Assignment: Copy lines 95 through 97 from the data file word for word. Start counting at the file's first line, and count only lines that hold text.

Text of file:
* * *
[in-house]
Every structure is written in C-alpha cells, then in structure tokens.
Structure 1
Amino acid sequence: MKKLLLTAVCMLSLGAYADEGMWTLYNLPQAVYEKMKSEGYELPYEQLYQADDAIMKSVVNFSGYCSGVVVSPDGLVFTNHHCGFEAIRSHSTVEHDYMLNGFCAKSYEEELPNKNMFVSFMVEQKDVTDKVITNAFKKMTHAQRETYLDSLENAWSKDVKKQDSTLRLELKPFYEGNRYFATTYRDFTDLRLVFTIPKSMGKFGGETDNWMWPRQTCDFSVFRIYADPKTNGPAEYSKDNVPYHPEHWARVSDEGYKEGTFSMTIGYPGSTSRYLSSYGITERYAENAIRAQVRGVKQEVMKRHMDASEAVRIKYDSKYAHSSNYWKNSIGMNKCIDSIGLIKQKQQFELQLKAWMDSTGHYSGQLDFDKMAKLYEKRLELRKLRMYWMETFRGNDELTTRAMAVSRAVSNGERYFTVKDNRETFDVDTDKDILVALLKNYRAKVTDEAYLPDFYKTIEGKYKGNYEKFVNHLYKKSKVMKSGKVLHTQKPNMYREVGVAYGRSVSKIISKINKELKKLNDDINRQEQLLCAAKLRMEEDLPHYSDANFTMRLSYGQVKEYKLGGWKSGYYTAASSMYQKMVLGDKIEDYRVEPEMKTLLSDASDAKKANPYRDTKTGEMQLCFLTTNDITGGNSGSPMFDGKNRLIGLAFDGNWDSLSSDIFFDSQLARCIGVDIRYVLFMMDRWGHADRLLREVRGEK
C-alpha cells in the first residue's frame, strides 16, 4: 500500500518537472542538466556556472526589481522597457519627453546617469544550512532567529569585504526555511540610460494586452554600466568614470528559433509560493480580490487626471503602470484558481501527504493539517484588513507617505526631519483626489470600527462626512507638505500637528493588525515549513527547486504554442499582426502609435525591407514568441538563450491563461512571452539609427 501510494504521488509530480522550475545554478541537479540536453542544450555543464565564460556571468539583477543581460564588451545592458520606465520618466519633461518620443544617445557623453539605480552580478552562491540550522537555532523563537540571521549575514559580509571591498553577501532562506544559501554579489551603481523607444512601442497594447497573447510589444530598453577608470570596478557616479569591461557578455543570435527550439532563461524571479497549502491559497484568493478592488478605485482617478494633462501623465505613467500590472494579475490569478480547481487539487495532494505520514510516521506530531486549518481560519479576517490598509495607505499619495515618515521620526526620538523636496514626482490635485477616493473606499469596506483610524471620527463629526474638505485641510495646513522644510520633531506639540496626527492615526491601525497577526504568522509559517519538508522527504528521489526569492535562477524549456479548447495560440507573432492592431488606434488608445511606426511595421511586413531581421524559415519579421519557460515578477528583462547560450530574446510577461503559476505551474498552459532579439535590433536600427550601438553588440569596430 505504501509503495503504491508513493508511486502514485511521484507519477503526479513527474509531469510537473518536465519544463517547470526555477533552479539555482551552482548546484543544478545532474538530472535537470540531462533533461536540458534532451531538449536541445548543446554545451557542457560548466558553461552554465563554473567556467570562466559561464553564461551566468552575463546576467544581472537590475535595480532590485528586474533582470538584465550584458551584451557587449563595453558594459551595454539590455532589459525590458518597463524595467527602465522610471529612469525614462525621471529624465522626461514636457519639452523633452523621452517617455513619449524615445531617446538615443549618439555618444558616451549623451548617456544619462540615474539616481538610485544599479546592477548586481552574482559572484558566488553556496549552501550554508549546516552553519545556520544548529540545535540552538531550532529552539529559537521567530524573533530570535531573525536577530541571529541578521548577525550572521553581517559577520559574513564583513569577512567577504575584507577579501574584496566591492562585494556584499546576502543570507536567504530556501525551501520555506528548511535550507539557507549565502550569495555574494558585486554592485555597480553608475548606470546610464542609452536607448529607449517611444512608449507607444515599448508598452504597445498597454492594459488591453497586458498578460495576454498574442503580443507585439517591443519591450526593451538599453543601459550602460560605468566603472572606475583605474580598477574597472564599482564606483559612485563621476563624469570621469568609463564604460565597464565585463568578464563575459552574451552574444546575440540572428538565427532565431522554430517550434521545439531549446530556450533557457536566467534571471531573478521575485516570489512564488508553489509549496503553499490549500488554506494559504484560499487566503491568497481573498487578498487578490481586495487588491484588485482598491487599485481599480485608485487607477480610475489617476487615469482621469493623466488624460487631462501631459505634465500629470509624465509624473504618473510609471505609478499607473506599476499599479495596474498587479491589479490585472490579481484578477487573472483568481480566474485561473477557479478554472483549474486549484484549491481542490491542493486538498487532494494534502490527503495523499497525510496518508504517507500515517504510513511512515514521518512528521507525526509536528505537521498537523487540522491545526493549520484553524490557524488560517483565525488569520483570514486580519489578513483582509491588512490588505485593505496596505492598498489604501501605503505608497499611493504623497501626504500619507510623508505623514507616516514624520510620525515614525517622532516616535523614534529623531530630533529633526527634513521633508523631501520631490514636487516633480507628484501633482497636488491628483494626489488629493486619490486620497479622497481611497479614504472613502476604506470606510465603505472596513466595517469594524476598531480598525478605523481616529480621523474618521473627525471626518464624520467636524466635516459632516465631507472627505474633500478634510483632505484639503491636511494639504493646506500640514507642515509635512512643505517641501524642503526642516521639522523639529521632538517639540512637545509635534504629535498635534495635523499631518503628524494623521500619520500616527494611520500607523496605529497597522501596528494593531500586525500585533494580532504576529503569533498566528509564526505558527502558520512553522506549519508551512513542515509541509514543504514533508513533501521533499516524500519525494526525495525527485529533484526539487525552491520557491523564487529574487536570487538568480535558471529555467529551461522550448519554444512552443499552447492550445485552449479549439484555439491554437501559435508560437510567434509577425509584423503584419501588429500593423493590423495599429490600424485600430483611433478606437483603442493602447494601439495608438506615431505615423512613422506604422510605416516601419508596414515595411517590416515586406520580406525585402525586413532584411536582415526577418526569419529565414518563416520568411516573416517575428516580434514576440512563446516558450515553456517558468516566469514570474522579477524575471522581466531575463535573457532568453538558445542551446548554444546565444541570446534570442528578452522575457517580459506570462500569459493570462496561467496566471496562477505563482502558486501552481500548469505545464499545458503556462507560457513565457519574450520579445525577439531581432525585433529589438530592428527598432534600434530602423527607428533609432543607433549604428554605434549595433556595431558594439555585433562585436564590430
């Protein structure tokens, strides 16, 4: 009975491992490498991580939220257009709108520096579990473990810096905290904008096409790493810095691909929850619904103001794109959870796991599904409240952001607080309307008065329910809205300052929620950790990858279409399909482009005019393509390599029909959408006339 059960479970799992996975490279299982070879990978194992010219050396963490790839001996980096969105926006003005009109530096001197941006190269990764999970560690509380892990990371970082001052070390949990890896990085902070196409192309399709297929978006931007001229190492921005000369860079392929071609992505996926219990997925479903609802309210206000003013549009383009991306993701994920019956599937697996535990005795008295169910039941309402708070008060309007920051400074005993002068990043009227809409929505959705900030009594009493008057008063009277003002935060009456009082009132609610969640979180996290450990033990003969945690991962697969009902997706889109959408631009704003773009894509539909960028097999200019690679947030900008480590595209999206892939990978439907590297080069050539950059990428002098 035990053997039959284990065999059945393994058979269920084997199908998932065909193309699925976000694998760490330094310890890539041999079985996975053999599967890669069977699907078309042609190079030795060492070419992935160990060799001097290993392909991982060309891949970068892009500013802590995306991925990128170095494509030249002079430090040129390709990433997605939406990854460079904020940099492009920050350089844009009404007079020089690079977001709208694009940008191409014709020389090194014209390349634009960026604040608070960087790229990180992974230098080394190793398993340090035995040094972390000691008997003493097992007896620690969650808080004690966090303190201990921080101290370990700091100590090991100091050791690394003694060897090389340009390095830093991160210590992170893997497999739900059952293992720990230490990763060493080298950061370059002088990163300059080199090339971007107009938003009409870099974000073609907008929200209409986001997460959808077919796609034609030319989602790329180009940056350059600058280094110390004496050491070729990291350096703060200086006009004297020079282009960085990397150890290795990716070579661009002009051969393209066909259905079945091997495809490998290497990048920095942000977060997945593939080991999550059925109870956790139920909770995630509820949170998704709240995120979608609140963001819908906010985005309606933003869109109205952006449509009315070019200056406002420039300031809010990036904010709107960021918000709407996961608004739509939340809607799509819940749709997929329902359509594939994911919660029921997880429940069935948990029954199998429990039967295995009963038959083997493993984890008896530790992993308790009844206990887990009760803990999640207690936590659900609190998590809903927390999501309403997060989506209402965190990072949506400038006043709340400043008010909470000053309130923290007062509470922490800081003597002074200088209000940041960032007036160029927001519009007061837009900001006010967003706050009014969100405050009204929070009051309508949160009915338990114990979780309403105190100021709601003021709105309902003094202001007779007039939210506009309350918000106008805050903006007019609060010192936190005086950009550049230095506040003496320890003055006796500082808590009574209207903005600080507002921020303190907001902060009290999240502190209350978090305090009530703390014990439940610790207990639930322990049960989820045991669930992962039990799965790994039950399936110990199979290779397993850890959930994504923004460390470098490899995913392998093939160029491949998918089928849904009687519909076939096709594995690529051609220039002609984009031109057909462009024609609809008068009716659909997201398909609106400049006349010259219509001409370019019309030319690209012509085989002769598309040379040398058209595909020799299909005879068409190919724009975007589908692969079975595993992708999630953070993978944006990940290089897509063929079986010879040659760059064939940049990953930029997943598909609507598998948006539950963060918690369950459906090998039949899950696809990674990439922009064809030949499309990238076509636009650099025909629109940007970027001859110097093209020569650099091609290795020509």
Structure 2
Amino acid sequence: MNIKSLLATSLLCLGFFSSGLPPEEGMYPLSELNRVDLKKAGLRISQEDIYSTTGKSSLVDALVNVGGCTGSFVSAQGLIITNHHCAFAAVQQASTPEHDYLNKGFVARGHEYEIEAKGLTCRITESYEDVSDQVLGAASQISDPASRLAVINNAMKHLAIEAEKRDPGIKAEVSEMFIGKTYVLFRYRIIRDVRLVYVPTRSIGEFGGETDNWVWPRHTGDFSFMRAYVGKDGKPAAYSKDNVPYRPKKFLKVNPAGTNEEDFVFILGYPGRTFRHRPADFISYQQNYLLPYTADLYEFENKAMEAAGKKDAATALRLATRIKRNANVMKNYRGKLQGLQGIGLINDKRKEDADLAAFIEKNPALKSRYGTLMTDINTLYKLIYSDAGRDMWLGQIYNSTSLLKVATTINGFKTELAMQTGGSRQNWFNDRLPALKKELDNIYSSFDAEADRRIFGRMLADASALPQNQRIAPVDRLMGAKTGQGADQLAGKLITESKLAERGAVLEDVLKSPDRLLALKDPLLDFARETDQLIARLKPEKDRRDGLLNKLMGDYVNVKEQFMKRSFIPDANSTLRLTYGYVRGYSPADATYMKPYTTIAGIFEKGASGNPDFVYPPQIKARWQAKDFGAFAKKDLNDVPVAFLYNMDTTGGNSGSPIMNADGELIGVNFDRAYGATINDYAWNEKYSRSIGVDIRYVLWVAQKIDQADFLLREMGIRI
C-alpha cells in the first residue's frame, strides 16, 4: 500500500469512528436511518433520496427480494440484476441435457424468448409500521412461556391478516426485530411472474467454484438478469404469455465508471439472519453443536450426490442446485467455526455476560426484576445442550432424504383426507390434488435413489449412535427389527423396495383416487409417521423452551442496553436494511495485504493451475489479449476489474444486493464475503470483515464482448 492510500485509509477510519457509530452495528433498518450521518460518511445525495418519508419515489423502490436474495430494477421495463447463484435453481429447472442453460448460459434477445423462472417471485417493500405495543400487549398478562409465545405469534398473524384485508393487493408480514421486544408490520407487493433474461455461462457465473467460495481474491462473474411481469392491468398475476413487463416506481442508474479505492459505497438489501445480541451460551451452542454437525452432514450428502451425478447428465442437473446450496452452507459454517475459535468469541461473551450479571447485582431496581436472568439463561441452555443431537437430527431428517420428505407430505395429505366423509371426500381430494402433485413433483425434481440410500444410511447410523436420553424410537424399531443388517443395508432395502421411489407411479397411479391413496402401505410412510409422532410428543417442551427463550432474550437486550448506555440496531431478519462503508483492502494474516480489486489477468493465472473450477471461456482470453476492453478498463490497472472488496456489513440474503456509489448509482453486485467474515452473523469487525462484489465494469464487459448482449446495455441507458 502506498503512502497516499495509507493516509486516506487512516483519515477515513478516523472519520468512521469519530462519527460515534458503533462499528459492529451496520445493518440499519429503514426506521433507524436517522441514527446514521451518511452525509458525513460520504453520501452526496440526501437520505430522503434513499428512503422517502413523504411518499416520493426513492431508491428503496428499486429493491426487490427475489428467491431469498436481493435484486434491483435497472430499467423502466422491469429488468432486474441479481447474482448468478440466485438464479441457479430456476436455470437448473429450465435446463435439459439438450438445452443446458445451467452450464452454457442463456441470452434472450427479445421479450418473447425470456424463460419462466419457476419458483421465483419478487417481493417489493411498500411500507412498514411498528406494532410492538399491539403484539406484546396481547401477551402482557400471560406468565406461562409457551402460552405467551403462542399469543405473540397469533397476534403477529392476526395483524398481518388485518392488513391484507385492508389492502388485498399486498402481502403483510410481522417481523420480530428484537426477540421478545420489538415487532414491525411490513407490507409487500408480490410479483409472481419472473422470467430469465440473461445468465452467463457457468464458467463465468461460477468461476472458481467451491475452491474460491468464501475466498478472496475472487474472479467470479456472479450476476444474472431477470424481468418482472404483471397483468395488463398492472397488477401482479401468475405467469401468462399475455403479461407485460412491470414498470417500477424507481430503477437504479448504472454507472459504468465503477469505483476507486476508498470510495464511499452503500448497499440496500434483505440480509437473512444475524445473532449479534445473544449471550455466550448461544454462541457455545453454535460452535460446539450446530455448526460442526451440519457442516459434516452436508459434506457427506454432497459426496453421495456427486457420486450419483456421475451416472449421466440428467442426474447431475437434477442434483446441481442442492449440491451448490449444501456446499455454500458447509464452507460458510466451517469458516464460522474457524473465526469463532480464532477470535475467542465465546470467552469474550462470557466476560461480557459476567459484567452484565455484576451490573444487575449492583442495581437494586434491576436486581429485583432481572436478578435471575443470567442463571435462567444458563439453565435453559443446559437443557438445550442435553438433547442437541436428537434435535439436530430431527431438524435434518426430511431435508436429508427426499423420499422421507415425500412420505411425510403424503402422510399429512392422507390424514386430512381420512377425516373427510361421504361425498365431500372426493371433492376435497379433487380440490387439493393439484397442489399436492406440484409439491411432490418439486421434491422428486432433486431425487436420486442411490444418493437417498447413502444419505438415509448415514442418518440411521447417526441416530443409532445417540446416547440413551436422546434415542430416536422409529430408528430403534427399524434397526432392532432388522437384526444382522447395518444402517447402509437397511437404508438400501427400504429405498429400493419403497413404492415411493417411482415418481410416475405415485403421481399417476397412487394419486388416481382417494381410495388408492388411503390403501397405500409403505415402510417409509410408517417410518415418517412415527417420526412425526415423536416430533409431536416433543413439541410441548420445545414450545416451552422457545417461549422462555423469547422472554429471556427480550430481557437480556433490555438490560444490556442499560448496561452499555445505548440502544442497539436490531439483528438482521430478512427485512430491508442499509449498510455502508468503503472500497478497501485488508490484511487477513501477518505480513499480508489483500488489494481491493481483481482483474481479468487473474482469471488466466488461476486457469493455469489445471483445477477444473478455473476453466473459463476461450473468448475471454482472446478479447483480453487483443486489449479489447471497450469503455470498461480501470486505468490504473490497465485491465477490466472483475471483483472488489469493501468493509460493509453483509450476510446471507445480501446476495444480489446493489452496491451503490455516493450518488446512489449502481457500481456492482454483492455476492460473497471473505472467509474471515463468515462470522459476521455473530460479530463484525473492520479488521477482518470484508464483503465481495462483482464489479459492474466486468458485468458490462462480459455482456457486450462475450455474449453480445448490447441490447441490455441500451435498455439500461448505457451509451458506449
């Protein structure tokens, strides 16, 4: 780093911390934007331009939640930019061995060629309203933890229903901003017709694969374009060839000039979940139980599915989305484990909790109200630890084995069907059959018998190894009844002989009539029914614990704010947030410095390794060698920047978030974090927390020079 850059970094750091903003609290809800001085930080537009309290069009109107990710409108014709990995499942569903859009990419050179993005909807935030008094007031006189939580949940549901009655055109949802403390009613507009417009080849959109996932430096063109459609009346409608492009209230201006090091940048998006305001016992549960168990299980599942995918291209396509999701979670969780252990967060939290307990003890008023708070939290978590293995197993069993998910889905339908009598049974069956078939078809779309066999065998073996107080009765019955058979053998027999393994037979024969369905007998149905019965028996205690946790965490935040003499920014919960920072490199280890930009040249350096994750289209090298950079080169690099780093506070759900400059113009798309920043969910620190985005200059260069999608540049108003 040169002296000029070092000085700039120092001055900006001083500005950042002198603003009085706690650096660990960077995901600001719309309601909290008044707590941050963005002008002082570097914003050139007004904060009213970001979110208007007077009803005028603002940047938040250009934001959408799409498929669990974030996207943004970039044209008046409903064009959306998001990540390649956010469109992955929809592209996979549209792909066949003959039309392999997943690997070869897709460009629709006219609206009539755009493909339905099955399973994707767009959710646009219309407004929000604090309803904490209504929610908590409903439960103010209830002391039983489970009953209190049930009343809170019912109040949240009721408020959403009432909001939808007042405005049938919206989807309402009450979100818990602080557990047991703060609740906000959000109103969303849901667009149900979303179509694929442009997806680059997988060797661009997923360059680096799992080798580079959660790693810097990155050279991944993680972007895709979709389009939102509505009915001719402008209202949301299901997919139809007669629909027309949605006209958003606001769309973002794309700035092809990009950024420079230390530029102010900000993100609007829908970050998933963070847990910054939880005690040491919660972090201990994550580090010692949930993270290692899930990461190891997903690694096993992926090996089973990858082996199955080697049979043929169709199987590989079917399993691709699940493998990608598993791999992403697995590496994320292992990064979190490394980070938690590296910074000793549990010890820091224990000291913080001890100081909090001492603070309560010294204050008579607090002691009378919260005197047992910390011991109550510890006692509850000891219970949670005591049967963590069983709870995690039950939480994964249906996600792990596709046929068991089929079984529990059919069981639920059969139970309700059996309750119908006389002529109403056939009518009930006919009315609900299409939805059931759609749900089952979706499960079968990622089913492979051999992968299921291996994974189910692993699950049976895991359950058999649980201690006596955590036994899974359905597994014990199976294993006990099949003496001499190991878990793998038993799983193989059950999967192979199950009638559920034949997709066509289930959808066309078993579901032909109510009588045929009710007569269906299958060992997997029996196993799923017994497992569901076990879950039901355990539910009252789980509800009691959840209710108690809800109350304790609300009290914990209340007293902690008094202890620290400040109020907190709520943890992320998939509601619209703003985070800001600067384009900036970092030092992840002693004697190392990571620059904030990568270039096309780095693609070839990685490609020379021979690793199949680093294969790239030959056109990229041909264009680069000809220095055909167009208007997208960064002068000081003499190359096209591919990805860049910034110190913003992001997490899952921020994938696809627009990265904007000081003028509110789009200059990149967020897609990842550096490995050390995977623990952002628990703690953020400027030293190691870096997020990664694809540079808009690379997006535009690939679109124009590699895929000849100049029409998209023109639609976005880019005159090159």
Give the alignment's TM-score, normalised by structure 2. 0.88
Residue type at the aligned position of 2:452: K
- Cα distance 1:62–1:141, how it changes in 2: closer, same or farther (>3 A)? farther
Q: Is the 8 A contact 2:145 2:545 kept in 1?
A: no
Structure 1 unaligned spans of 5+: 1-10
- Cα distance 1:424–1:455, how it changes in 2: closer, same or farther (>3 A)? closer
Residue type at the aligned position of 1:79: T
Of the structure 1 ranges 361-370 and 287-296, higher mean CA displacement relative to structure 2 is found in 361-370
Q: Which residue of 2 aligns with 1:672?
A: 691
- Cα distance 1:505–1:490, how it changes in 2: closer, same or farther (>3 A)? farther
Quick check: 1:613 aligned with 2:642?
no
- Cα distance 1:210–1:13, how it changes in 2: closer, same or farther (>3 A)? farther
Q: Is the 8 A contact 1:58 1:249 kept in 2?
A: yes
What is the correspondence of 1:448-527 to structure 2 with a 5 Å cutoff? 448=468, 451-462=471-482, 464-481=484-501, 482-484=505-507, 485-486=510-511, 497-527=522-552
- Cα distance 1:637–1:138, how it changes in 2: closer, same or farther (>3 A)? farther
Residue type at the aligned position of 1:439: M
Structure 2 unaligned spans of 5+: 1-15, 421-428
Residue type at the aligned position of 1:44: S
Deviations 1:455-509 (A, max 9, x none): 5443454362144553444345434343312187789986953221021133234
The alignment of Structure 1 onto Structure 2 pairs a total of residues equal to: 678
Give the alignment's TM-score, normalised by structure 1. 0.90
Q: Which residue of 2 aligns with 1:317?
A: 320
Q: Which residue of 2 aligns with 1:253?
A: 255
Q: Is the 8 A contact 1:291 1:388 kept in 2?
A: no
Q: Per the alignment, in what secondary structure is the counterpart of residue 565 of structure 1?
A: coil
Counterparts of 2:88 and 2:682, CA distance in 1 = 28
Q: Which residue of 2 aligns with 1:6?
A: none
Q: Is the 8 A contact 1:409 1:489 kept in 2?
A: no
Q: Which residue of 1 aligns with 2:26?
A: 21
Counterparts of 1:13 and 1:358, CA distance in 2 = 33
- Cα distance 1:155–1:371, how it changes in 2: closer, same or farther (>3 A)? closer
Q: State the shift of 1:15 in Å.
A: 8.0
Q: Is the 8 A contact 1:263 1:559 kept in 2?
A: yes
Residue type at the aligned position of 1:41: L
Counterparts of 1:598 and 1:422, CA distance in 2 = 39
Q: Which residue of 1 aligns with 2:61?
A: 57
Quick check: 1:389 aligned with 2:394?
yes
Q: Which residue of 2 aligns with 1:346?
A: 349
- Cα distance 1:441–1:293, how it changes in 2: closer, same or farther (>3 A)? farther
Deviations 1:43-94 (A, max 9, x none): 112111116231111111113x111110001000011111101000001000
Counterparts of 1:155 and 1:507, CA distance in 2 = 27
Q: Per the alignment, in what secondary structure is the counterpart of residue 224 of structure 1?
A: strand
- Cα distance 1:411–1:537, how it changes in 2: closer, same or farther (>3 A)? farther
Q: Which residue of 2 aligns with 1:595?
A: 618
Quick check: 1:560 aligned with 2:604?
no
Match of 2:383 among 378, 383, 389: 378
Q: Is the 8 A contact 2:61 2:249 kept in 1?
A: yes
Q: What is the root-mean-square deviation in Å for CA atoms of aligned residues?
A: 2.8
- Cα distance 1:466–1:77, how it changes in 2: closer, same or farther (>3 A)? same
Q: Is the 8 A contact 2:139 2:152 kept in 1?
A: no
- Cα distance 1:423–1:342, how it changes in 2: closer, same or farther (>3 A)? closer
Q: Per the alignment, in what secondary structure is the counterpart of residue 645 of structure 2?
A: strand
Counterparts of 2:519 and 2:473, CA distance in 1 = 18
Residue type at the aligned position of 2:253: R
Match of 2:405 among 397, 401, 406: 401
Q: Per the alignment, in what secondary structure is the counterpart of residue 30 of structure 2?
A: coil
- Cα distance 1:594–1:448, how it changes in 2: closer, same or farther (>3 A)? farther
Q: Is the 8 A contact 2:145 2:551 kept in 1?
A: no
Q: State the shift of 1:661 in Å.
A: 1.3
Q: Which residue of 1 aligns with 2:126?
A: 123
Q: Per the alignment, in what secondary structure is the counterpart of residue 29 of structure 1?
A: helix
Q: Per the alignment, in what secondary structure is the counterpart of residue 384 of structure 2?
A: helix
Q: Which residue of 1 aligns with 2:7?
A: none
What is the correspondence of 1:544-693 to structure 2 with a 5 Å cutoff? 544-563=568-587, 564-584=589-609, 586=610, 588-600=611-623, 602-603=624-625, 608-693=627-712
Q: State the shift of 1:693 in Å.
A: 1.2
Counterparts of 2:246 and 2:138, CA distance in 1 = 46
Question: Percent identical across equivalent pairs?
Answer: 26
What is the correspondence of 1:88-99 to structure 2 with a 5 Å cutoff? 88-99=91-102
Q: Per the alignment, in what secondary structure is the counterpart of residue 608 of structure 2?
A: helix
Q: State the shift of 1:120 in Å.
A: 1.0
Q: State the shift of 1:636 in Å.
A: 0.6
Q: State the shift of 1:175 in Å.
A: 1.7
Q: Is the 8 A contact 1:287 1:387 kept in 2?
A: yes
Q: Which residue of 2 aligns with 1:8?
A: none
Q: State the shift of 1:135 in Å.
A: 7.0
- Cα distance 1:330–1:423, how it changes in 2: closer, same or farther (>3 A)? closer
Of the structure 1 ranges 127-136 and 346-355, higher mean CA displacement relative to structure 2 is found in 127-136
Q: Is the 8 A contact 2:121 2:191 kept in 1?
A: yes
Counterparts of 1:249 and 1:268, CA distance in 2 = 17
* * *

A: 1.3
Q: Which residue of 1 aligns with 2:126?
A: 123